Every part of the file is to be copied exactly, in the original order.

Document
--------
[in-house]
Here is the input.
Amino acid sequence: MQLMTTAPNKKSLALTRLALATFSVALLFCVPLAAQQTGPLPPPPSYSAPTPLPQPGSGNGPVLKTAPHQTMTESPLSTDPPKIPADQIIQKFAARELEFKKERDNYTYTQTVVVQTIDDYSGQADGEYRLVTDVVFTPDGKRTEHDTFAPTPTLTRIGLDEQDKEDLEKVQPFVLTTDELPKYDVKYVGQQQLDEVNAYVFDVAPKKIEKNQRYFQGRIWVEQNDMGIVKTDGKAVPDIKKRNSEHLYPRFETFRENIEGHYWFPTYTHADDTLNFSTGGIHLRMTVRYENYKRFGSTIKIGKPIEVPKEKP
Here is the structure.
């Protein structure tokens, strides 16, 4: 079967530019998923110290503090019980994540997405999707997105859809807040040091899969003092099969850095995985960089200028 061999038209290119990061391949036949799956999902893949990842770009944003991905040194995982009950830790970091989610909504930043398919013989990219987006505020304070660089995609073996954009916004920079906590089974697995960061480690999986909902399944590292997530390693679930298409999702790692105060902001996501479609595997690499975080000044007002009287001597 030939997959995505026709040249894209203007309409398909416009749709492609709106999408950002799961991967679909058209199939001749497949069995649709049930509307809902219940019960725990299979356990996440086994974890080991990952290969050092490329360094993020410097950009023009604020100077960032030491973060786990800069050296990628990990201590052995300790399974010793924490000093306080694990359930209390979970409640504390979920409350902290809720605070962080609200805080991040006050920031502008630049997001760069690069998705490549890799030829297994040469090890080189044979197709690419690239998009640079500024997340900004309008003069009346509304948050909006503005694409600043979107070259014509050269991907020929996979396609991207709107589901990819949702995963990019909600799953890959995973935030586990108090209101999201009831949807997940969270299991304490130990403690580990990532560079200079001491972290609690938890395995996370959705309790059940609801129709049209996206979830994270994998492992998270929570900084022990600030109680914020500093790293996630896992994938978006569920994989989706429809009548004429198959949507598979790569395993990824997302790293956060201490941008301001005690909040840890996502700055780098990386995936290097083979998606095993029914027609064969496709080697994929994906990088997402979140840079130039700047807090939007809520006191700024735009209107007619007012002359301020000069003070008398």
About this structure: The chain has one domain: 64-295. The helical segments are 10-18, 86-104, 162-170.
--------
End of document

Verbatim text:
[in-house]
Here is the input.
Amino acid sequence: MQLMTTAPNKKSLALTRLALATFSVALLFCVPLAAQQTGPLPPPPSYSAPTPLPQPGSGNGPVLKTAPHQTMTESPLSTDPPKIPADQIIQKFAARELEFKKERDNYTYTQTVVVQTIDDYSGQADGEYRLVTDVVFTPDGKRTEHDTFAPTPTLTRIGLDEQDKEDLEKVQPFVLTTDELPKYDVKYVGQQQLDEVNAYVFDVAPKKIEKNQRYFQGRIWVEQNDMGIVKTDGKAVPDIKKRNSEHLYPRFETFRENIEGHYWFPTYTHADDTLNFSTGGIHLRMTVRYENYKRFGSTIKIGKPIEVPKEKP
Here is the structure.
């Protein structure tokens, strides 16, 4: 079967530019998923110290503090019980994540997405999707997105859809807040040091899969003092099969850095995985960089200028 061999038209290119990061391949036949799956999902893949990842770009944003991905040194995982009950830790970091989610909504930043398919013989990219987006505020304070660089995609073996954009916004920079906590089974697995960061480690999986909902399944590292997530390693679930298409999702790692105060902001996501479609595997690499975080000044007002009287001597 030939997959995505026709040249894209203007309409398909416009749709492609709106999408950002799961991967679909058209199939001749497949069995649709049930509307809902219940019960725990299979356990996440086994974890080991990952290969050092490329360094993020410097950009023009604020100077960032030491973060786990800069050296990628990990201590052995300790399974010793924490000093306080694990359930209390979970409640504390979920409350902290809720605070962080609200805080991040006050920031502008630049997001760069690069998705490549890799030829297994040469090890080189044979197709690419690239998009640079500024997340900004309008003069009346509304948050909006503005694409600043979107070259014509050269991907020929996979396609991207709107589901990819949702995963990019909600799953890959995973935030586990108090209101999201009831949807997940969270299991304490130990403690580990990532560079200079001491972290609690938890395995996370959705309790059940609801129709049209996206979830994270994998492992998270929570900084022990600030109680914020500093790293996630896992994938978006569920994989989706429809009548004429198959949507598979790569395993990824997302790293956060201490941008301001005690909040840890996502700055780098990386995936290097083979998606095993029914027609064969496709080697994929994906990088997402979140840079130039700047807090939007809520006191700024735009209107007619007012002359301020000069003070008398």
About this structure: The chain has one domain: 64-295. The helical segments are 10-18, 86-104, 162-170.